Night at the Museum rarely is entertaining, but it’s at least instructive. The statute of limitations on loud, dumb movies with Robin Williams and computer-generated animals is 11 years.
And if you’re wondering where Ben Stiller has been for most of the last two years, he’s been peed on by a monkey and verbally abused by Mickey Rooney in a toothless effects-reel comedy.
Museum is an uninventive cross between Jumanji, Bill & Ted’s Excellent Adventure and the sort of fractured-family sap in which producer Chris Columbus once specialized. It already feels like the straight-to-DVD sequel without prestigious brand-name coattails on which to ride.
Stiller plays Greg, uh, Reuben, uh, Ted, I mean, Larry, a divorced, devoted dad with dead-end job opportunities. Virtual-reality golf and “The Snapper” (like the Clapper, but with snapped fingers) are invention ideas that have gotten him nowhere. He feels destined for greatness, but his son (Jake Cherry) asks him, “What if you’re just an ordinary guy who should get a job?”
Thinking it’s an instructional position at New York’s Museum of Natural History (which his poor history knowledge would discredit anyway), Larry accepts a temp listing, only to find he’s the new night watchman. Larry is a downsizing replacement for Gus, Cecil and Reginald (Rooney, Dick Van Dyke and Bill Cobbs), the elderly workers currently keeping guard.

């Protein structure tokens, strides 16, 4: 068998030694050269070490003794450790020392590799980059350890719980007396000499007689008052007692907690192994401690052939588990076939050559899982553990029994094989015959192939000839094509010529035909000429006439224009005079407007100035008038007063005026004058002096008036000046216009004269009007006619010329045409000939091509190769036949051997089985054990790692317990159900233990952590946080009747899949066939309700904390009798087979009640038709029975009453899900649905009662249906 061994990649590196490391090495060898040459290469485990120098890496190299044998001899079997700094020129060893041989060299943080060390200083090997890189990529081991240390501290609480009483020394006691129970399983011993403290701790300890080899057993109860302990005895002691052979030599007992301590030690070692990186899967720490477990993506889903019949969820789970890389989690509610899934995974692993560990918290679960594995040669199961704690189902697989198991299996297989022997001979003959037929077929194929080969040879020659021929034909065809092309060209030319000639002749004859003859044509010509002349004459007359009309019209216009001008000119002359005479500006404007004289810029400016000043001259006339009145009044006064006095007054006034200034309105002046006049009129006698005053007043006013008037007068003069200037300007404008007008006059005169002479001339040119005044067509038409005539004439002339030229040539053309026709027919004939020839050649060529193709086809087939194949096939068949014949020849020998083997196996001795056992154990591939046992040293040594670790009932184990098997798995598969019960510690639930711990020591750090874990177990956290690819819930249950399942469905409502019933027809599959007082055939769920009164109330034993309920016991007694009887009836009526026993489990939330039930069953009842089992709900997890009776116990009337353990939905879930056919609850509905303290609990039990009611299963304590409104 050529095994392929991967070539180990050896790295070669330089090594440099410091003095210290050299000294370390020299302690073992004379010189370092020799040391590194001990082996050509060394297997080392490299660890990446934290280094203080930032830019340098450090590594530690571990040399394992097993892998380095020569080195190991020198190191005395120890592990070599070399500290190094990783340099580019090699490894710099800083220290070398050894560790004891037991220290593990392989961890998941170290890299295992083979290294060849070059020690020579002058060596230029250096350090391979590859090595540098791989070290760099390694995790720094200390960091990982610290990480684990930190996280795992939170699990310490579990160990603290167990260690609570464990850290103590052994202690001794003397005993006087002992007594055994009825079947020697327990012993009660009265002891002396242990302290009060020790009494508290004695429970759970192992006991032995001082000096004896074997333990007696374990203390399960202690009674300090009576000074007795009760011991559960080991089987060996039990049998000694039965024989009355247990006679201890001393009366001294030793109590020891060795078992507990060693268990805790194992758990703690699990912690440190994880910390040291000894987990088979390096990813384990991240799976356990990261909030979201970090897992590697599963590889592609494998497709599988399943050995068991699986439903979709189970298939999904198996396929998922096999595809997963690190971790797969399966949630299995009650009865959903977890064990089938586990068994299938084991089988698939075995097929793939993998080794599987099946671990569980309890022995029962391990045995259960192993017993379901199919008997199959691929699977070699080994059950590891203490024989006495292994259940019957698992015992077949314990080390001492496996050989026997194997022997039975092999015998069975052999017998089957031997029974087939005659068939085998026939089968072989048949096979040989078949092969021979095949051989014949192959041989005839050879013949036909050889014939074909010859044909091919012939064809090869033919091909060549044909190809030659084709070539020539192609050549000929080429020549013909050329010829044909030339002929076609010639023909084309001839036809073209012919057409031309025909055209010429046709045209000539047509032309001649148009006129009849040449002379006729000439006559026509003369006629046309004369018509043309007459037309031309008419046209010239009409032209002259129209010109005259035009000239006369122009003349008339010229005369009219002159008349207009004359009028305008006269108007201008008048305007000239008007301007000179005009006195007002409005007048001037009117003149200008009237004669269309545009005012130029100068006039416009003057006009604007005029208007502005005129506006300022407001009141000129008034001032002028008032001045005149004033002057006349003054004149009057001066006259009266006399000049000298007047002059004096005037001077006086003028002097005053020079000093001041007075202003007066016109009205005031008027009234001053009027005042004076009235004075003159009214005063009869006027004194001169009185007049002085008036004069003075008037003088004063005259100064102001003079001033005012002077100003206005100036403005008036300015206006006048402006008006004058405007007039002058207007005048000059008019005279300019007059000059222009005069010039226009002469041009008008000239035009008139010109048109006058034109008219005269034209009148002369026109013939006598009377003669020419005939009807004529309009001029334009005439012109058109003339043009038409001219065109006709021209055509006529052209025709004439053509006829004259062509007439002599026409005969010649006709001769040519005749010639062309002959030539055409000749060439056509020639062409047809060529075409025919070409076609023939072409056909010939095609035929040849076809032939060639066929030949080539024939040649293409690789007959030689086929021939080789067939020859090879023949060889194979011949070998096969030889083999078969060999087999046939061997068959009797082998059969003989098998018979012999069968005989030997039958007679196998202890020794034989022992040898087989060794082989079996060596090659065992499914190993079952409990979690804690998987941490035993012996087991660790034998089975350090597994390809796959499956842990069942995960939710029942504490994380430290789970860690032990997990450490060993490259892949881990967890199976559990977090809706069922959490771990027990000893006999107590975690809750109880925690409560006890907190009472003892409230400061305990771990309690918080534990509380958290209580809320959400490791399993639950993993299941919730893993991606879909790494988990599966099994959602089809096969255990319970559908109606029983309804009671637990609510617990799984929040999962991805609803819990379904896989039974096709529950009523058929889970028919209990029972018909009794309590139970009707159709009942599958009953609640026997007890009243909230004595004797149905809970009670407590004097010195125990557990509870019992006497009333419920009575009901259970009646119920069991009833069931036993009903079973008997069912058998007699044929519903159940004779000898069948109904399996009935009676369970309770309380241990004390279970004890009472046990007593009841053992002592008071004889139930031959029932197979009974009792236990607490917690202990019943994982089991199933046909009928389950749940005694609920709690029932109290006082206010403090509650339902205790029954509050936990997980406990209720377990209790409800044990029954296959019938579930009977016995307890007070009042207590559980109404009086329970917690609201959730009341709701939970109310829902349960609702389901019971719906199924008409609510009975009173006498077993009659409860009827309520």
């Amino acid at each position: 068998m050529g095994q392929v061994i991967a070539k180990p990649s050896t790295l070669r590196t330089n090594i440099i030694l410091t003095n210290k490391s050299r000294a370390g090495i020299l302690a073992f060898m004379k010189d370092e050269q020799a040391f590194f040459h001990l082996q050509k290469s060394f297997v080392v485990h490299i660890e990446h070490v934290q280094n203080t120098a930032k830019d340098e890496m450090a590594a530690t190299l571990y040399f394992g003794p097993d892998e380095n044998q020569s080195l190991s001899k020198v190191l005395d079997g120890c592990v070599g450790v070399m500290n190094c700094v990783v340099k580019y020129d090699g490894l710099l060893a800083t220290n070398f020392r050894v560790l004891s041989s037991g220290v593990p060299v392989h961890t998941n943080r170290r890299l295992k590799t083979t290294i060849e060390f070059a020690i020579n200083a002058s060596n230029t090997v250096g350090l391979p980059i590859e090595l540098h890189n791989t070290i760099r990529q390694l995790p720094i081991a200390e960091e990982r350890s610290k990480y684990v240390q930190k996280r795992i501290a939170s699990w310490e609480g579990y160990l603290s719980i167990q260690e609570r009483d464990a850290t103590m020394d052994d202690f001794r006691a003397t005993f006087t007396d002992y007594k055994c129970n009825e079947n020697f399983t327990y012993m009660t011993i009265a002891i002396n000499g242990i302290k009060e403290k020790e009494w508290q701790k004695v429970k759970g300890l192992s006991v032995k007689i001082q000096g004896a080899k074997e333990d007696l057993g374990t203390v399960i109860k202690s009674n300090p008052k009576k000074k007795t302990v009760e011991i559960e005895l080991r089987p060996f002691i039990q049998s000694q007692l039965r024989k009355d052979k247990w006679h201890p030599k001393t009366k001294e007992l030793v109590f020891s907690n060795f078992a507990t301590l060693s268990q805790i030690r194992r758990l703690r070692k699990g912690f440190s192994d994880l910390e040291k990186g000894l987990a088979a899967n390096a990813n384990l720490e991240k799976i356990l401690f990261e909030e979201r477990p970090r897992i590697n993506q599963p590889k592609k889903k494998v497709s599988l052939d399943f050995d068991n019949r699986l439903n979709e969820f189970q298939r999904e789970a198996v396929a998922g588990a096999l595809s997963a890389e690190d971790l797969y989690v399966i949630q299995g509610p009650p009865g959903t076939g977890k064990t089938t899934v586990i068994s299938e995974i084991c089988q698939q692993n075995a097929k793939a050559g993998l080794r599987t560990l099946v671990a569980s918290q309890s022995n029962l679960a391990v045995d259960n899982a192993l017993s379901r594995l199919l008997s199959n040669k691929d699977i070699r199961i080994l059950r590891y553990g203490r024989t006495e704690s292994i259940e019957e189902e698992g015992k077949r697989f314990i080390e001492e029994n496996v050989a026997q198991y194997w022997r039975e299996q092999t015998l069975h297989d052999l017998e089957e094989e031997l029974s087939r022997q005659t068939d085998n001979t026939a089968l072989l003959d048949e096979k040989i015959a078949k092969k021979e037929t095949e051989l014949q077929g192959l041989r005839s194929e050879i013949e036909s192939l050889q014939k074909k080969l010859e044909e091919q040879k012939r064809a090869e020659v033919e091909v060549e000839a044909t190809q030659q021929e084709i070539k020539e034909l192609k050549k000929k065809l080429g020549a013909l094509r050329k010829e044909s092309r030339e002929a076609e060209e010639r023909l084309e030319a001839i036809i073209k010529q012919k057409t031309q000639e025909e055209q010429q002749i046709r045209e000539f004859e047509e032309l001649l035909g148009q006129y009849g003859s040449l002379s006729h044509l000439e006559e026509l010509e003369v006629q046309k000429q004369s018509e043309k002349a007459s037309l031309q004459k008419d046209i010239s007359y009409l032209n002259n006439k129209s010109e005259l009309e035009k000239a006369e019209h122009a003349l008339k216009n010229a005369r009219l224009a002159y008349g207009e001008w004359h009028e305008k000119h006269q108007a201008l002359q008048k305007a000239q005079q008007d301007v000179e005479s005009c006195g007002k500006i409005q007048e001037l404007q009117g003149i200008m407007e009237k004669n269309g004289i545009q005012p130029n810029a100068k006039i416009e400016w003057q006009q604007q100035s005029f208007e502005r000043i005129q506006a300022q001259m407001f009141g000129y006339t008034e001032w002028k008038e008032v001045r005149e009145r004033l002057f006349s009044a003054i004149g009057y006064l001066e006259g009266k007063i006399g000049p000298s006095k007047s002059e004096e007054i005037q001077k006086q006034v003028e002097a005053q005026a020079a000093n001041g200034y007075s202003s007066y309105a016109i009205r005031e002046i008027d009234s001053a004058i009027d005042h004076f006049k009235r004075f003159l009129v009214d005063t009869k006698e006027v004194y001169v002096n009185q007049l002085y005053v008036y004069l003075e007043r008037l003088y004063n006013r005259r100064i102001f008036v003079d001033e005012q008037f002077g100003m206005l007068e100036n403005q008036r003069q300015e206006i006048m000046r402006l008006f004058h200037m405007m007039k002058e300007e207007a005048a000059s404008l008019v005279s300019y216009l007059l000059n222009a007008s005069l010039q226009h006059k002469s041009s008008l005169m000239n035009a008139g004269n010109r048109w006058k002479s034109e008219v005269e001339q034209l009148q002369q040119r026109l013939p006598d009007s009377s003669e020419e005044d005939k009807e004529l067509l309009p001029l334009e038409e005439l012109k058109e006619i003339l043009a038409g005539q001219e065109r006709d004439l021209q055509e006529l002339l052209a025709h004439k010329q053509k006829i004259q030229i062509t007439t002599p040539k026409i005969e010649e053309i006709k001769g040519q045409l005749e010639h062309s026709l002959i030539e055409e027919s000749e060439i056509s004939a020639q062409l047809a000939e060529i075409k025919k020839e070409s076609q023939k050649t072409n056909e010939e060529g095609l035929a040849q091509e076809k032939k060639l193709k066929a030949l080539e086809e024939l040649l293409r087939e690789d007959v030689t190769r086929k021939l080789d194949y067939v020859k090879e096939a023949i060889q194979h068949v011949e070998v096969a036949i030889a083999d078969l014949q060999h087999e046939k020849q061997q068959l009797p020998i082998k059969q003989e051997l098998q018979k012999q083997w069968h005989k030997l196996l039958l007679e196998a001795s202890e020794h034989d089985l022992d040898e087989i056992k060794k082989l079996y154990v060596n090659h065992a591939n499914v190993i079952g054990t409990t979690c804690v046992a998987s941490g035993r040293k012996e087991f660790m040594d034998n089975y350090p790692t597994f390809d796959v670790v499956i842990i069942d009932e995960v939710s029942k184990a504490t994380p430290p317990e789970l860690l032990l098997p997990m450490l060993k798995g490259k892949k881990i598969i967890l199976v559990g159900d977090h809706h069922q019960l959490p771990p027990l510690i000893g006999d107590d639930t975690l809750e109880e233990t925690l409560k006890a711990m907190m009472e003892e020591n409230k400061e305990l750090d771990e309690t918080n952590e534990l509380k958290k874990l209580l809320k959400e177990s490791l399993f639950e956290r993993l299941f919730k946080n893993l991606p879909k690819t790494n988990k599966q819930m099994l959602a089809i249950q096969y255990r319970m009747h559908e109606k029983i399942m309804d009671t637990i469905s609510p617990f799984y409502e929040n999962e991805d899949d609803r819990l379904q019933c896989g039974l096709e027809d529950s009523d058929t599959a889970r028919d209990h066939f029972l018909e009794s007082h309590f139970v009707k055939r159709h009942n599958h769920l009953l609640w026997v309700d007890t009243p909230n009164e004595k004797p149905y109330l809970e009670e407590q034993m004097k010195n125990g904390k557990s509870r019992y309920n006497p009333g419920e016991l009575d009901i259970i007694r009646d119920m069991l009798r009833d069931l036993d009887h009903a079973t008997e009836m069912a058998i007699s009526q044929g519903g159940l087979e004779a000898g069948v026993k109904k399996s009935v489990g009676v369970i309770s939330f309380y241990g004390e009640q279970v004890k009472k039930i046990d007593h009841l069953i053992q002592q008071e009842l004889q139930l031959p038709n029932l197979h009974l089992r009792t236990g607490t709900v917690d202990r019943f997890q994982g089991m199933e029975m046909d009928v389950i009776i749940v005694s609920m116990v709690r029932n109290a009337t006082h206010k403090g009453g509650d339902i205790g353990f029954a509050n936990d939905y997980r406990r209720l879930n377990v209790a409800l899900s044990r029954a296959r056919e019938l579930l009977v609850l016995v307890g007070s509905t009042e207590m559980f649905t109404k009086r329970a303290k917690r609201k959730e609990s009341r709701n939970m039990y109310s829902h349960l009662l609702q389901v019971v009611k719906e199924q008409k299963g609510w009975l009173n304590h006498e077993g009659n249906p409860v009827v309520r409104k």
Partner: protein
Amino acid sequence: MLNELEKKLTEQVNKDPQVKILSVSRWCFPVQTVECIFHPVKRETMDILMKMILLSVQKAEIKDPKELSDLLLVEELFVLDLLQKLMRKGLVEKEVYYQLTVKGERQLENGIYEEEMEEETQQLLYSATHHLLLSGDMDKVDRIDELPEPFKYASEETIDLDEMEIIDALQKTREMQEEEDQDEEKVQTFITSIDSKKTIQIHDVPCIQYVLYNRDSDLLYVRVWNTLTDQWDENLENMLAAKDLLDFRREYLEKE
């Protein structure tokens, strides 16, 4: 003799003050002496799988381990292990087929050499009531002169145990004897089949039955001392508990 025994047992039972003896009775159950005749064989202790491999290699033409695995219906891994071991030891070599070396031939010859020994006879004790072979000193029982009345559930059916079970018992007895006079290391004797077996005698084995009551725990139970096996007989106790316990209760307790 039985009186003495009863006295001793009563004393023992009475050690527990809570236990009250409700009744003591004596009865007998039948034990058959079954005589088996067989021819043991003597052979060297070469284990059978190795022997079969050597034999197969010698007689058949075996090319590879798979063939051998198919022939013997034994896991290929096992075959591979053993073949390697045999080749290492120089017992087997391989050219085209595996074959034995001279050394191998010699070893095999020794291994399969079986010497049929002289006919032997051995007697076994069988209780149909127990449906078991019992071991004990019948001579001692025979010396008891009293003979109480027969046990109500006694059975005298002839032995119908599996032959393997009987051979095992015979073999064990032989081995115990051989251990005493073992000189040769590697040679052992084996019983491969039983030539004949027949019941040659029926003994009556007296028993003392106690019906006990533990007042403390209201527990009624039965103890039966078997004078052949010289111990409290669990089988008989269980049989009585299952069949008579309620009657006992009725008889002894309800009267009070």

What they neglect to tell Larry in a training session is that, at night, everything in the museum comes to life — mischievous monkeys, dinosaur bones, homicidal Huns, Sacagawea, Williams as Teddy Roosevelt, miniature Mayans slightly less violent than those in Apocalypto. Either they run wild, lope like early-morning mall walkers or, in Williams’ case, assist Larry with self-confidence.
Any semblance of real plot comes with only 20 minutes remaining, and a ploy to pilfer the museum. The actors in the movie should have worried about sneaking out of their contracts.
Stiller is stuck as the worst sort of straight man, one saddled with visual effects and animals. In cameos, Owen Wilson and Steve Coogan make you marvel at what a fine pair they’d be in a movie that bothered to be good. It’s the second American movie to waste the great British comedian Ricky Gervais. And a temperamental Rooney barks out food-related nicknames like “snack shack” and “lunchbox” at Stiller. It’s still a step up from washing non-existent dishes in insurance commercials.
Most museums take all day to explore, but this one just feels that way. Still, like most tourist attractions, it has highlights: one killer Stiller ad-lib about the Civil War; a great perspective gag with Wilson and Coogan; and a physical blow from Rooney is the only thing to draw Stiller’s blood with all his injuries. Other than that, the exhibitions in this Museum just aren’t worth the time.